Roger of Hoveden

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Roger of Hoveden

(hŏv`dən, hŭv`–), d. 1201; English chronicler. His chronicle, covering the years from 732 to 1201, is an original source only for the years through which he lived. His life as a member of the household of Henry IIHenry II,
1133–89, king of England (1154–89), son of Matilda, queen of England, and Geoffrey IV, count of Anjou. He was the founder of the Angevin, or Plantagenet, line in England and one of the ablest and most remarkable of the English kings.
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 and the documents he included make his work important. It was translated by Henry T. Riley (1853).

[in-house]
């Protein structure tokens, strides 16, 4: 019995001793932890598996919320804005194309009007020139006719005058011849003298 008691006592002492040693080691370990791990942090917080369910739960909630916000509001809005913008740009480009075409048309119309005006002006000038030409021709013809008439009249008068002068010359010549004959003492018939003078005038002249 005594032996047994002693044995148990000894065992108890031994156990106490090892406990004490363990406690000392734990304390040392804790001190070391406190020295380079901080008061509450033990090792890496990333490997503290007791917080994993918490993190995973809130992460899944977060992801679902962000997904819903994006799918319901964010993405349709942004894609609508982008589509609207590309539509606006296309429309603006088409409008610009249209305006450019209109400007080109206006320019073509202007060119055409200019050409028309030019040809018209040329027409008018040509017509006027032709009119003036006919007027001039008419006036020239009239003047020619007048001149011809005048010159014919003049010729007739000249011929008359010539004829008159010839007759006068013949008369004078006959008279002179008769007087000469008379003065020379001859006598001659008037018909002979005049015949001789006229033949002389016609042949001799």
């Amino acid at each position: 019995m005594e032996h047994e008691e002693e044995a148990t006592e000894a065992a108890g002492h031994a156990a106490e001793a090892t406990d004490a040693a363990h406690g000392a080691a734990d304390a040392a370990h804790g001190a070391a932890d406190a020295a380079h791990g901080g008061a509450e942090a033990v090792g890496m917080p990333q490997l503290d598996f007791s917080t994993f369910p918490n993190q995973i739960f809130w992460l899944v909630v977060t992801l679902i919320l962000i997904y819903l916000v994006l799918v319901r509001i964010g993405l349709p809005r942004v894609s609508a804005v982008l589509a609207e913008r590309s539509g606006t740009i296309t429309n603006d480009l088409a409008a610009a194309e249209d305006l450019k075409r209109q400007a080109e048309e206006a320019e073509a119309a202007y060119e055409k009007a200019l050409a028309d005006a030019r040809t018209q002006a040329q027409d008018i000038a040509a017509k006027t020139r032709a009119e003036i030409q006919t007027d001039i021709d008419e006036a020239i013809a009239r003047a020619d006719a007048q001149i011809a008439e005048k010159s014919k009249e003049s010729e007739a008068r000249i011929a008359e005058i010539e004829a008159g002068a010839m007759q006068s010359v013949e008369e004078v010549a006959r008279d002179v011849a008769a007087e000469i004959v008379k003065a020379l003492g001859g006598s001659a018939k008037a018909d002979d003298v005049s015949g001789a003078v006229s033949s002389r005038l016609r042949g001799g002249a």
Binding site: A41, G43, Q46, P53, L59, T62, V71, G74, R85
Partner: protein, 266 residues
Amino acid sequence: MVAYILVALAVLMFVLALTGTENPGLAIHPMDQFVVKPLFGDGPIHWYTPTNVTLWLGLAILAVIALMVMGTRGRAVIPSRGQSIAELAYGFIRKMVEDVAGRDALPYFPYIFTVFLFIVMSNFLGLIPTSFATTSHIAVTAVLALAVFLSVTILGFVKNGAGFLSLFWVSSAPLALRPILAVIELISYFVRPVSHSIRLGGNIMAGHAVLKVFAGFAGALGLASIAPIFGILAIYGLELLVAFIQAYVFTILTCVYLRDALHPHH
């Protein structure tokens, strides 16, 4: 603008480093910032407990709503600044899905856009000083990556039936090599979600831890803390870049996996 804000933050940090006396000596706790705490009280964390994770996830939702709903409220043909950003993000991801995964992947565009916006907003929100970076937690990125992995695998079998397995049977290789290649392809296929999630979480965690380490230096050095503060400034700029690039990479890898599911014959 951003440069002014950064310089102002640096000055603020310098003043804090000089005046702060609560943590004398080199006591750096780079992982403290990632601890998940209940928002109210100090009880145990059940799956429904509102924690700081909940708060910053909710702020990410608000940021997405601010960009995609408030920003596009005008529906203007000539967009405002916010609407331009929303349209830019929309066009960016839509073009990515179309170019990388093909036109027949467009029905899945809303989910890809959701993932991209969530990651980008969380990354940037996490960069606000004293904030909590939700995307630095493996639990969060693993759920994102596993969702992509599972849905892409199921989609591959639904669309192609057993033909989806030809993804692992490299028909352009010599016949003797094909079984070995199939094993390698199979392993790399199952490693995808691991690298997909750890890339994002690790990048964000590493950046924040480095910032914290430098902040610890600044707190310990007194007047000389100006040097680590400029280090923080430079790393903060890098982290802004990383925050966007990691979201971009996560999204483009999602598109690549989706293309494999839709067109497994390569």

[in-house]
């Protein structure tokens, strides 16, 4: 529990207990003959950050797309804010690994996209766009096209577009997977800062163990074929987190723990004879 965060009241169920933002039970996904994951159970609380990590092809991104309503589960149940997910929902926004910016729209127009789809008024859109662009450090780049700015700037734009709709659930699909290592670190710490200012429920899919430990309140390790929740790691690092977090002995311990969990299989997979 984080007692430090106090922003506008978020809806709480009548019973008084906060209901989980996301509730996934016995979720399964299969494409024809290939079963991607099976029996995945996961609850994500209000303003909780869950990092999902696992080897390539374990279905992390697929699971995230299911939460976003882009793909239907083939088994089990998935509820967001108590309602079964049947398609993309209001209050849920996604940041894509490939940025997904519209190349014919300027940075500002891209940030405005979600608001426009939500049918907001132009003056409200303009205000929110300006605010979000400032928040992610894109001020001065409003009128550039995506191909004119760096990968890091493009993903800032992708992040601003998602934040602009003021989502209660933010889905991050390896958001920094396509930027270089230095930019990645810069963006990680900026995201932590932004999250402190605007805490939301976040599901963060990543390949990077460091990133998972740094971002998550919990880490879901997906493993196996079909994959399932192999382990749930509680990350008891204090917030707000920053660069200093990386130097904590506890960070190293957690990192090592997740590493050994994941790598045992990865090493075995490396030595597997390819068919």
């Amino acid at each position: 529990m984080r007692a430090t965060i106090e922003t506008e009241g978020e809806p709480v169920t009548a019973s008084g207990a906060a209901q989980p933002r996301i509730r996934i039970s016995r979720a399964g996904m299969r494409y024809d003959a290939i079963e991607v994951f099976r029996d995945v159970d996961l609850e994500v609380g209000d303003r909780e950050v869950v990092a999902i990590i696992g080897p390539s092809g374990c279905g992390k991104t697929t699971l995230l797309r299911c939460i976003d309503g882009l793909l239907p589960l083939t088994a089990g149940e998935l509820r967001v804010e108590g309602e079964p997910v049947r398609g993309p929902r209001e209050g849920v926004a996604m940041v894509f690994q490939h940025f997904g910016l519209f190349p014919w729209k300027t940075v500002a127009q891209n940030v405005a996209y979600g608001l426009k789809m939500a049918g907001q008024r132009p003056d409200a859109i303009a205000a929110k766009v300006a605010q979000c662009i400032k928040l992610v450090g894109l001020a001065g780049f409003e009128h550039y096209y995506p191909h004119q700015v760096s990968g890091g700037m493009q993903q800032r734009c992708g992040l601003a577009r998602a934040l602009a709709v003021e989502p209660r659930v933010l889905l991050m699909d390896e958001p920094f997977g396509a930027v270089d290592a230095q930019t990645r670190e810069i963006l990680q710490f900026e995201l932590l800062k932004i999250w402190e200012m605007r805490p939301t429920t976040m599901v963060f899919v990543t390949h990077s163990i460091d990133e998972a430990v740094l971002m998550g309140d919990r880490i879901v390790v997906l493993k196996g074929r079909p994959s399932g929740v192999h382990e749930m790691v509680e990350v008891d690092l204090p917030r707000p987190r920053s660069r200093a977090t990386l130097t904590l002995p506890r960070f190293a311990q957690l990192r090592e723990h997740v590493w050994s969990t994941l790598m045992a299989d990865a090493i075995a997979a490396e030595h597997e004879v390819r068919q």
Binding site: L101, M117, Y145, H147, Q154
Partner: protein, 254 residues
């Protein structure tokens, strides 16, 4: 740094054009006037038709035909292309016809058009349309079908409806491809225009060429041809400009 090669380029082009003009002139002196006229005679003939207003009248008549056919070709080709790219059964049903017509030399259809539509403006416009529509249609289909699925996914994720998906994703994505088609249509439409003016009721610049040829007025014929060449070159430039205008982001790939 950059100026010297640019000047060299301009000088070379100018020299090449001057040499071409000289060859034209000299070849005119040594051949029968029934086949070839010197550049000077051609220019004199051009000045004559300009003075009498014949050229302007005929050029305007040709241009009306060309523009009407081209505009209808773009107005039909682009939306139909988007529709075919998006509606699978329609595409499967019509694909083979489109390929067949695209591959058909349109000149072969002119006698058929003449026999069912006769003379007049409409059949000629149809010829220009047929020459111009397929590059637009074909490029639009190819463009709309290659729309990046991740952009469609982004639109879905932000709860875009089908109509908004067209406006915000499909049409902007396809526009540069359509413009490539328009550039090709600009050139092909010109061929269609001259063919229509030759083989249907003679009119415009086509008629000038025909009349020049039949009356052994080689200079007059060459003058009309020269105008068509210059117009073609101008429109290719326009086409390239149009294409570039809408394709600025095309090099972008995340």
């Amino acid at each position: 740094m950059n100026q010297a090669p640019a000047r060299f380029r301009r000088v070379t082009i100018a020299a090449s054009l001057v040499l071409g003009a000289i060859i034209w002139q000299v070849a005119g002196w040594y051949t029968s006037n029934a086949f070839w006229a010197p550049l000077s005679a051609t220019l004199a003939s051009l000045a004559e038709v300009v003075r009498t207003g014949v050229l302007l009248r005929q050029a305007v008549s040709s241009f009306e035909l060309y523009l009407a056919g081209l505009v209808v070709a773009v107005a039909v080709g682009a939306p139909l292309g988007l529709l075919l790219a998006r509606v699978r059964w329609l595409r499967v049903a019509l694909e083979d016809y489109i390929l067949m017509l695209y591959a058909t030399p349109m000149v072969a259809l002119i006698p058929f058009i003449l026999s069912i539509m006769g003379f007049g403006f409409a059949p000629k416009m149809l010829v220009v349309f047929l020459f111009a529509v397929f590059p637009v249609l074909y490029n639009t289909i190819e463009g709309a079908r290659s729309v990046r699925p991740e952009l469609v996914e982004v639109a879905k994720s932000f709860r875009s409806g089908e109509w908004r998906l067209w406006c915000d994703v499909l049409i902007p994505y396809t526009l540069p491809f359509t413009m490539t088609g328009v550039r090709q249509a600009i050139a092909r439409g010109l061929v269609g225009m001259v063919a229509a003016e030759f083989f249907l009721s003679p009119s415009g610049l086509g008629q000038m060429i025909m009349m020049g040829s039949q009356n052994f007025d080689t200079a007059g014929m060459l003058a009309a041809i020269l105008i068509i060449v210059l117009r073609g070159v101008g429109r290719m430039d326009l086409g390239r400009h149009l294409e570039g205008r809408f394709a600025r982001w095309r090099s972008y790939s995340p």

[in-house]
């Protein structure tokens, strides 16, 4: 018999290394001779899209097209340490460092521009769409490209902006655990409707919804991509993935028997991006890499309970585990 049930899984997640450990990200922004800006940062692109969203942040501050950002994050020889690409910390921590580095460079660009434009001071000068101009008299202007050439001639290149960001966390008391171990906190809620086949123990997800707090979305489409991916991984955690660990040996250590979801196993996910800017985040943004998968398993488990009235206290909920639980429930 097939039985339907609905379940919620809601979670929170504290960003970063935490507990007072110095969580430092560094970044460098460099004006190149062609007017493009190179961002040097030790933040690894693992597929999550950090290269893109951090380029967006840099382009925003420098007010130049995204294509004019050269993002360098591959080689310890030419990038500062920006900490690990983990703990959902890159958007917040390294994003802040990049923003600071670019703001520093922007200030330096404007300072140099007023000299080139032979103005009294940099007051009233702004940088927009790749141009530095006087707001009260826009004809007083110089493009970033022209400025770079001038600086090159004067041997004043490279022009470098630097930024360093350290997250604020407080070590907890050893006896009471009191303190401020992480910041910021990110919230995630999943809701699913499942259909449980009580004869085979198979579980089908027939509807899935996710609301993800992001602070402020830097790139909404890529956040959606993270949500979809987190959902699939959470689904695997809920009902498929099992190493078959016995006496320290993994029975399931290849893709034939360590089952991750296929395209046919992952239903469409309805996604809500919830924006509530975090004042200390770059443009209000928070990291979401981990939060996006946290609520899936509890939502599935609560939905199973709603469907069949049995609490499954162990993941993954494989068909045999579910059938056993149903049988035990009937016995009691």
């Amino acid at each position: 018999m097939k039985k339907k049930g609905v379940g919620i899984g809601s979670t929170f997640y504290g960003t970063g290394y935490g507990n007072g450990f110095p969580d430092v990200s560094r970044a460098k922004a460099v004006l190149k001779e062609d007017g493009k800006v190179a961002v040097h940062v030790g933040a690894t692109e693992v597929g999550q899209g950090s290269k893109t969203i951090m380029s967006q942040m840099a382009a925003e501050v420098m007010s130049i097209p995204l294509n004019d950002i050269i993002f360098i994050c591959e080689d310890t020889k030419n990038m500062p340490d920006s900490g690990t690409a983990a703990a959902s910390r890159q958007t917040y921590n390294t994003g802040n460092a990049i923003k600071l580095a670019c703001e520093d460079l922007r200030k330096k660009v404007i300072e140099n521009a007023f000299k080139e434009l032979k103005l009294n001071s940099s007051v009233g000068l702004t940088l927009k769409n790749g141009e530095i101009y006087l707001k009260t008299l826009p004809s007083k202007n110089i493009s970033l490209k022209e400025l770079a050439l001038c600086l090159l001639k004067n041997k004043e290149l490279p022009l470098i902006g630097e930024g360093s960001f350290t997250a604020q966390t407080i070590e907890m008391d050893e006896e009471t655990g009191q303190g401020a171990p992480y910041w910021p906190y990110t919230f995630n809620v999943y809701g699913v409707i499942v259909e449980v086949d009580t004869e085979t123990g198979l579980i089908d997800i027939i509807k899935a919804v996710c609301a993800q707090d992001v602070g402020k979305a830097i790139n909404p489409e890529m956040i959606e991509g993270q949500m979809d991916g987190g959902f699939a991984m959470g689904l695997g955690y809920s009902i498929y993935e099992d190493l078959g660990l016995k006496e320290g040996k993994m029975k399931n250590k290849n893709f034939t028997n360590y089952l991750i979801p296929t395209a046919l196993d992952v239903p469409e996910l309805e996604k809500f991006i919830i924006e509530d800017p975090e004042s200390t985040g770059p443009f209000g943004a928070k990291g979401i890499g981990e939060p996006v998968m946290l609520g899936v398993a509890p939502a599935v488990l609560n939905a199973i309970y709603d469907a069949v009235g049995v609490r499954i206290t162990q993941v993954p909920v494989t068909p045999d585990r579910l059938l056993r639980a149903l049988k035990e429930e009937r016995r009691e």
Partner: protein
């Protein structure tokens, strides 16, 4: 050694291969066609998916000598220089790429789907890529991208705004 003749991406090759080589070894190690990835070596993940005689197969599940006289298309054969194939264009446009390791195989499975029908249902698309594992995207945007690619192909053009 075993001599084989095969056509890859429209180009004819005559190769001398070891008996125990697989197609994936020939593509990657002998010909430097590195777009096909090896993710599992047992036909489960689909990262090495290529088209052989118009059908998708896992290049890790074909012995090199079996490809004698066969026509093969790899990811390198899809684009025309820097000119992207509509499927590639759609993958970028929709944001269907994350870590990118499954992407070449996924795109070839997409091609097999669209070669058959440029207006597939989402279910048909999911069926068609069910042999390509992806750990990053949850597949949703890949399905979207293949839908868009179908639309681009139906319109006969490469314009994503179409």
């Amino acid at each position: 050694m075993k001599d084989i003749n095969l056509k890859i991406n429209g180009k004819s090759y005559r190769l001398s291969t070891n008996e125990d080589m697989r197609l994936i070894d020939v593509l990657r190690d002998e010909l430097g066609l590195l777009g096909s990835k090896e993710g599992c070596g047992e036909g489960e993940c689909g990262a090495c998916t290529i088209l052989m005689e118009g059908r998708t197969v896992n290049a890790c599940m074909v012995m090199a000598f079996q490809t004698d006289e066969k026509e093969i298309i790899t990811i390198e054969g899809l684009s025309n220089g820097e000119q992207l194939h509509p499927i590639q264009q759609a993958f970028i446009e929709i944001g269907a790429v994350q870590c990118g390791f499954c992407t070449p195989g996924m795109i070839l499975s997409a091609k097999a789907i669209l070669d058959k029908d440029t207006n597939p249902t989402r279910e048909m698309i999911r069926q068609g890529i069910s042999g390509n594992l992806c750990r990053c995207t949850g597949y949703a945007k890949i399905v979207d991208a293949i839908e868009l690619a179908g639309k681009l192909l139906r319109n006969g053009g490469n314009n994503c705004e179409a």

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As John Gillingham comments in the introduction to his own article on the career of Roger of Howden, who wrote on English-Irish relations in the twelfth century from a British point of view, "Yet another Englishman has ended up by relegating the Celtic lands to the fringe of his analysis" (p.